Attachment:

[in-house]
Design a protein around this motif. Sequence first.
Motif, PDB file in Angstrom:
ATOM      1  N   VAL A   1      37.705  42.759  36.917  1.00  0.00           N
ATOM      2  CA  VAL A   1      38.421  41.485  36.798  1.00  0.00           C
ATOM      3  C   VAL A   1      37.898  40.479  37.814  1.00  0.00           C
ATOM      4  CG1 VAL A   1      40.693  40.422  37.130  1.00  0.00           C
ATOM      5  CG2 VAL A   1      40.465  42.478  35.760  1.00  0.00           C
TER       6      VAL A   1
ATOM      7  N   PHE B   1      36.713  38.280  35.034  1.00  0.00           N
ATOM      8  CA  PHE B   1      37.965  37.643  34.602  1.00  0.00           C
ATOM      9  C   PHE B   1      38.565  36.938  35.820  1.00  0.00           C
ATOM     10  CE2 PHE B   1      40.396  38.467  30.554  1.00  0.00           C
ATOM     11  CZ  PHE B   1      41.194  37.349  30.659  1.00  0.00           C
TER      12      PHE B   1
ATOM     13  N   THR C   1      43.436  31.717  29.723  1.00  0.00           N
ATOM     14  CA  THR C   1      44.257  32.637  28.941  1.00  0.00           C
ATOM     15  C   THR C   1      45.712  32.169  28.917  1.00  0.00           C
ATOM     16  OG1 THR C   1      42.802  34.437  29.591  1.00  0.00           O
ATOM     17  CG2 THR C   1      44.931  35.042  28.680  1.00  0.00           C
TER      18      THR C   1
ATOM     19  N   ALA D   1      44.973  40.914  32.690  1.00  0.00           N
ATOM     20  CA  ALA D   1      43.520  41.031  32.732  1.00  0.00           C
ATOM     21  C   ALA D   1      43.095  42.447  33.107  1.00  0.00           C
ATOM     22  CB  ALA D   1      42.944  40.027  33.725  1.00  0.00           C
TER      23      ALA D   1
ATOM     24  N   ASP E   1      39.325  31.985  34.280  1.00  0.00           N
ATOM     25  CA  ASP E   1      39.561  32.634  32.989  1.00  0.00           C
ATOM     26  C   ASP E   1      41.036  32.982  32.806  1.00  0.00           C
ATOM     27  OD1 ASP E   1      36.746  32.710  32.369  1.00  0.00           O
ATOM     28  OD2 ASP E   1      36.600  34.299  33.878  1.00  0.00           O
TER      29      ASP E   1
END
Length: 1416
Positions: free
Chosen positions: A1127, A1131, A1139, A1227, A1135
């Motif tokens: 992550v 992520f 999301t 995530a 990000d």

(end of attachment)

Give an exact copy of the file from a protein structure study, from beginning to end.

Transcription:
[in-house]
Design a protein around this motif. Sequence first.
Motif, PDB file in Angstrom:
ATOM      1  N   VAL A   1      37.705  42.759  36.917  1.00  0.00           N
ATOM      2  CA  VAL A   1      38.421  41.485  36.798  1.00  0.00           C
ATOM      3  C   VAL A   1      37.898  40.479  37.814  1.00  0.00           C
ATOM      4  CG1 VAL A   1      40.693  40.422  37.130  1.00  0.00           C
ATOM      5  CG2 VAL A   1      40.465  42.478  35.760  1.00  0.00           C
TER       6      VAL A   1
ATOM      7  N   PHE B   1      36.713  38.280  35.034  1.00  0.00           N
ATOM      8  CA  PHE B   1      37.965  37.643  34.602  1.00  0.00           C
ATOM      9  C   PHE B   1      38.565  36.938  35.820  1.00  0.00           C
ATOM     10  CE2 PHE B   1      40.396  38.467  30.554  1.00  0.00           C
ATOM     11  CZ  PHE B   1      41.194  37.349  30.659  1.00  0.00           C
TER      12      PHE B   1
ATOM     13  N   THR C   1      43.436  31.717  29.723  1.00  0.00           N
ATOM     14  CA  THR C   1      44.257  32.637  28.941  1.00  0.00           C
ATOM     15  C   THR C   1      45.712  32.169  28.917  1.00  0.00           C
ATOM     16  OG1 THR C   1      42.802  34.437  29.591  1.00  0.00           O
ATOM     17  CG2 THR C   1      44.931  35.042  28.680  1.00  0.00           C
TER      18      THR C   1
ATOM     19  N   ALA D   1      44.973  40.914  32.690  1.00  0.00           N
ATOM     20  CA  ALA D   1      43.520  41.031  32.732  1.00  0.00           C
ATOM     21  C   ALA D   1      43.095  42.447  33.107  1.00  0.00           C
ATOM     22  CB  ALA D   1      42.944  40.027  33.725  1.00  0.00           C
TER      23      ALA D   1
ATOM     24  N   ASP E   1      39.325  31.985  34.280  1.00  0.00           N
ATOM     25  CA  ASP E   1      39.561  32.634  32.989  1.00  0.00           C
ATOM     26  C   ASP E   1      41.036  32.982  32.806  1.00  0.00           C
ATOM     27  OD1 ASP E   1      36.746  32.710  32.369  1.00  0.00           O
ATOM     28  OD2 ASP E   1      36.600  34.299  33.878  1.00  0.00           O
TER      29      ASP E   1
END
Length: 1416
Positions: free
Chosen positions: A1127, A1131, A1139, A1227, A1135
């Motif tokens: 992550v 992520f 999301t 995530a 990000d």